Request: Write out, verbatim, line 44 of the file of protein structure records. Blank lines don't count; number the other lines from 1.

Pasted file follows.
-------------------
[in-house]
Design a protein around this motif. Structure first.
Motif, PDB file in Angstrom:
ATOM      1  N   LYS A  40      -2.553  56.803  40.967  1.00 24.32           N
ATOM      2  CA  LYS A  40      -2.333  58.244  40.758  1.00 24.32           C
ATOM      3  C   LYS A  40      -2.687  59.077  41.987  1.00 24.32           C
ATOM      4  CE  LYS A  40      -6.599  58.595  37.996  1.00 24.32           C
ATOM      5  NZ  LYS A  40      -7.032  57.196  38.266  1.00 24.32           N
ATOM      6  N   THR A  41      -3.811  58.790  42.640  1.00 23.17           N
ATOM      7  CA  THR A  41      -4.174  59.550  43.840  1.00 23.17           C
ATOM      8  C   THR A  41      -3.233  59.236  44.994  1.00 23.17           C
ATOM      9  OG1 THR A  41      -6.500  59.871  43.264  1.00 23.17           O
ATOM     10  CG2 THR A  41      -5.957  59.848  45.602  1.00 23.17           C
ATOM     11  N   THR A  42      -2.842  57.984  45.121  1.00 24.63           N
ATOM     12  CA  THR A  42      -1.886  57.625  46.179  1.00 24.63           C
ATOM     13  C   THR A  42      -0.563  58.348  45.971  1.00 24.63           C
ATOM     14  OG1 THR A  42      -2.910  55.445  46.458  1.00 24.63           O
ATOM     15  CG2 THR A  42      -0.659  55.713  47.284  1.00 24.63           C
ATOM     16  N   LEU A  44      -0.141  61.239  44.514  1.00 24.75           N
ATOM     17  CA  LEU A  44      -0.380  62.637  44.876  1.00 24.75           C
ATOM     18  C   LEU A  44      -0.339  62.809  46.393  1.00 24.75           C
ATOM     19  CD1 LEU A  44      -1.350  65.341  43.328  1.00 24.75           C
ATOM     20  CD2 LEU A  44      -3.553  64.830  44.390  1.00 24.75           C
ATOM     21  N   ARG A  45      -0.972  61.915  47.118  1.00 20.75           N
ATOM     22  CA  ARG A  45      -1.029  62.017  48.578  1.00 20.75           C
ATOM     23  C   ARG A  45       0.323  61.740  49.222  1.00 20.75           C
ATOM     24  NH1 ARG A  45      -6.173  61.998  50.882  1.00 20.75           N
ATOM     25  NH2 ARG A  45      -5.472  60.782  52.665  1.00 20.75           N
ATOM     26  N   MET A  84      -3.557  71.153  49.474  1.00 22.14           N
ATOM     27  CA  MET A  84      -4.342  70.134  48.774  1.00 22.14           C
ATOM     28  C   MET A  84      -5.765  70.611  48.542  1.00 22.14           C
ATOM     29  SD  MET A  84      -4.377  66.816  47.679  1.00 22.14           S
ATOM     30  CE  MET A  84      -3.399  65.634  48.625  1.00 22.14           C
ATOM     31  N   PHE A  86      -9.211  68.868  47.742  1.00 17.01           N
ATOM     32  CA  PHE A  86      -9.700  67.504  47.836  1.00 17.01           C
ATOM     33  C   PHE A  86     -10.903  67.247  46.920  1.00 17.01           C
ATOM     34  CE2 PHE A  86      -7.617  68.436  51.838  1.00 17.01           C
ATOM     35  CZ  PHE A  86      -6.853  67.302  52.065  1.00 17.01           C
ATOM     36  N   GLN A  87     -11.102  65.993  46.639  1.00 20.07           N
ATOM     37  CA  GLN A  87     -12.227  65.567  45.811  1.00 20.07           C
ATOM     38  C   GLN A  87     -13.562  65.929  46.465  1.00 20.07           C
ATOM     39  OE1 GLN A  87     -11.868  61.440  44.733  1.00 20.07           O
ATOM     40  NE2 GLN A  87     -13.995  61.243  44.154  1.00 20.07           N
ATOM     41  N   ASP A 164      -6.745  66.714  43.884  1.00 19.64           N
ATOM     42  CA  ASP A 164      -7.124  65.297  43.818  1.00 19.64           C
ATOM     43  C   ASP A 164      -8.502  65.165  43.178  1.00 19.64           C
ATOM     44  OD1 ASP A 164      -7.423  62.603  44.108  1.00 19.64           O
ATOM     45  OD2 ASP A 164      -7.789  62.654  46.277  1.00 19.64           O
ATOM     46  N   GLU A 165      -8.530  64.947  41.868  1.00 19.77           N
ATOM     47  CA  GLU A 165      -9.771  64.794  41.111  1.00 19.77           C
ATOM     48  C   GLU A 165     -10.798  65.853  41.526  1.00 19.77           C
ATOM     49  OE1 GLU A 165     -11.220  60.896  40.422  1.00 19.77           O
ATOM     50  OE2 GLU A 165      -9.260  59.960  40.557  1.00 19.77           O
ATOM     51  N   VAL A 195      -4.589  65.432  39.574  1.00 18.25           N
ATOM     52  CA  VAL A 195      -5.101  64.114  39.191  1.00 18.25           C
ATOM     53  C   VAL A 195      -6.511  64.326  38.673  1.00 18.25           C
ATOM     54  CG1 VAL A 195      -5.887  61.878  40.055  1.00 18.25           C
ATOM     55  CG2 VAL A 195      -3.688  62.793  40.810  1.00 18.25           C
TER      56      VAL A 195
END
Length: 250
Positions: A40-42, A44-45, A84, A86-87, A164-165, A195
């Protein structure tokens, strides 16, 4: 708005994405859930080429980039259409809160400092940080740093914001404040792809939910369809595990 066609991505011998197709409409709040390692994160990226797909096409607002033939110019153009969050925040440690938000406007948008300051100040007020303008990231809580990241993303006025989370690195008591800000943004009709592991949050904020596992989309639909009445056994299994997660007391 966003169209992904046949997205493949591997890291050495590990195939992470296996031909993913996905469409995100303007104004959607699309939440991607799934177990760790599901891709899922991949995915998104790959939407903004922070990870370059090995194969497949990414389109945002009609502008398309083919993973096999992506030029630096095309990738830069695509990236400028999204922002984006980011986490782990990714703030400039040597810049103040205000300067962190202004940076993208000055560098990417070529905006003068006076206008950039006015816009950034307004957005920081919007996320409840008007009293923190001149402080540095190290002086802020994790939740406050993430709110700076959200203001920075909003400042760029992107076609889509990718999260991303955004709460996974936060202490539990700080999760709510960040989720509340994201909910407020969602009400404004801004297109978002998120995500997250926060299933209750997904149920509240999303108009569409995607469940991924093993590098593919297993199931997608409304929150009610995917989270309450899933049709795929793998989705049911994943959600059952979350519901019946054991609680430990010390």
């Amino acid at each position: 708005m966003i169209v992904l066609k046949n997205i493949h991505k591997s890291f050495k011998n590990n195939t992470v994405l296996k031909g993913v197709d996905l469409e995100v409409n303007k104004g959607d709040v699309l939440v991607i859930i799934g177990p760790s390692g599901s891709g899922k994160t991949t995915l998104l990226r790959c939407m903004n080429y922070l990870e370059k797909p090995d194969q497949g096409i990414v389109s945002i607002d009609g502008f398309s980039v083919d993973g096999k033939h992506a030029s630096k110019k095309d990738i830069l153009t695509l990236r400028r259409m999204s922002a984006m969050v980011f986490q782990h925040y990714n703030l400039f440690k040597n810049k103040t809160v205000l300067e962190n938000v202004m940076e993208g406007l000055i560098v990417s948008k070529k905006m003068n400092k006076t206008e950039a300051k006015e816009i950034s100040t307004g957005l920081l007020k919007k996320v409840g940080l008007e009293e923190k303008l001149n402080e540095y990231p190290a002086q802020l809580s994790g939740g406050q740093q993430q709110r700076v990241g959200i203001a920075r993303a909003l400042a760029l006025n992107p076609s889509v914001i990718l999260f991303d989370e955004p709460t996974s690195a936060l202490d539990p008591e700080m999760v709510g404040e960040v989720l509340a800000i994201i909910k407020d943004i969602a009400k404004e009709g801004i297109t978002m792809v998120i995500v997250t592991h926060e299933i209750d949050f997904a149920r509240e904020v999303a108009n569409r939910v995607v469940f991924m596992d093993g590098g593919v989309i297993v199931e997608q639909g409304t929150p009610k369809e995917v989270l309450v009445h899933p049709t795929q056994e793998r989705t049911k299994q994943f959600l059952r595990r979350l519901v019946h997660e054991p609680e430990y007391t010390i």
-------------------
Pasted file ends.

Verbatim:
ATOM     41  N   ASP A 164      -6.745  66.714  43.884  1.00 19.64           N